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1.2 million UC claimants ‘very likely’ to turn to food banks if £20 a week uplift removed

05 February 2021

A new report from the Trussell Trust warns of growing need for food banks from people claiming Universal Credit (UC) as one in five people on the benefit say that they are ‘very likely’ to turn to one, if the £20 rise is removed.

The Trust is urgently calling on the government to keep the £20 weekly uplift to UC due to end in April, as well as extend it to people on legacy benefits as a survey reveals the alarming consequences of cutting it.

When the Covid pandemic first hit, the government increased Universal Credit payments by £20 each week which the charity says has prevented tens of thousands of people from needing to use a food bank.

But new research conducted by YouGov on behalf of the Trussell Trust finds 41% of people claiming Universal Credit – representing more than 2.4m people across the UK – fear they will be very likely to cut back on food for themselves if the planned cut goes ahead in April.

Worryingly, 13% of parents surveyed – representing more than 220,000 families – think they would be very likely to cut back on food for their children, meaning they simply would not have enough money to cover the basics.

The report forecasts an increase in the need for food banks amongst people claiming Universal Credit with 20% of people on Universal Credit -representing 1.2 million people – saying they would ‘very likely’ turn to a food bank for help with £20 less a week.

This comes on top of record levels of need experienced at food banks throughout the charity’s network during the pandemic, with huge increases in emergency food going to children. Further, it says these figures are just the tip of the iceberg, as many people will have been helped by other community groups.

The charity says this is about more than food with millions of people set to struggle to pay for clothing and to heat their homes and many saying they will be plunged into debt as a result of the cut.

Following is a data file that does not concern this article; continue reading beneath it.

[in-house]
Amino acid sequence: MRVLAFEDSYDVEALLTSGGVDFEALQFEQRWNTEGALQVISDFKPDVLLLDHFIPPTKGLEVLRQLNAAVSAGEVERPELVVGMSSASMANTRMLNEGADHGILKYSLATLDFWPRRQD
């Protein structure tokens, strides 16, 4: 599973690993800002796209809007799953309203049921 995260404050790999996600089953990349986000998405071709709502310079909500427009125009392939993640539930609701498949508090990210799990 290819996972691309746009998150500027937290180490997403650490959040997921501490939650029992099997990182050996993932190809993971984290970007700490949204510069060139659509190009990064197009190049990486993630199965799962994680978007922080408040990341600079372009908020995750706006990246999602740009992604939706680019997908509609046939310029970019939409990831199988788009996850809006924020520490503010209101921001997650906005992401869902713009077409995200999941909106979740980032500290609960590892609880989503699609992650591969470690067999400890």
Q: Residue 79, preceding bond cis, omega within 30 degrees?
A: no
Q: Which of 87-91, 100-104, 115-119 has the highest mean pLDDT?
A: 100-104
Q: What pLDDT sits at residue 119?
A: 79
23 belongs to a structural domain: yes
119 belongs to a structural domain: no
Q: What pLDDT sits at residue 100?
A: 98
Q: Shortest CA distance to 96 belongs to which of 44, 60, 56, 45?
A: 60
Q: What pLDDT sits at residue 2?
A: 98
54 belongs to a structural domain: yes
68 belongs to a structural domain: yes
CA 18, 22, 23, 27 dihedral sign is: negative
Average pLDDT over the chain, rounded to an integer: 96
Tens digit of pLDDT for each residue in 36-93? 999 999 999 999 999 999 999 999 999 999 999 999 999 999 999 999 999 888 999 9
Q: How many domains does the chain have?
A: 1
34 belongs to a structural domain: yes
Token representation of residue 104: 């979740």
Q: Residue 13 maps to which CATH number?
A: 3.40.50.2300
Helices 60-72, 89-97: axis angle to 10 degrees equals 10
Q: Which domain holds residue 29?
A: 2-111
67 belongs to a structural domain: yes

Emma Revie, chief executive at the Trussell Trust, said:

“The £20 increase to Universal Credit introduced at the start of the pandemic has been vital in protecting tens of thousands of people from being swept into serious financial hardship.

This survey reveals the shocking consequences of what lies ahead if this lifeline is cut in April. This isn’t right. No one should have to suffer the indignity of relying on emergency food.  

It’s clear that action is needed to ensure our benefits system provides people with enough money to cover the essentials. That’s why we’re insisting the government turns this situation around.

Keeping the £20 Universal Credit uplift, and extending it to legacy benefits, will provide an anchor from poverty for people who need it most.

The government should continue to do the right thing and keep this lifeline. It is a crucial step in moving towards a hunger free future for the UK.”

Ken Butler DR UK’s Welfare Rights and Policy Adviser said:

“This worrying Trussell Trust report is at the same time welcome as it highlights the consequences of the £20 week uplift being removed.

It follows in the wake of several reports by MPs, charities and independent bodies all making the same urgent call for the £20 week uplift to be kept and extended to ESA and other legacy benefits.

The Government has never sought to call into doubt any of this evidence and its difficult how it could justify scrapping the uplift.”

For more information see Our new report calls for the £20 Universal Credit uplift to be extended available from trusselltrust.org. 

See also Pandemic Poverty: new DBC research report shows why the £20 week UC uplift must be kept and extended.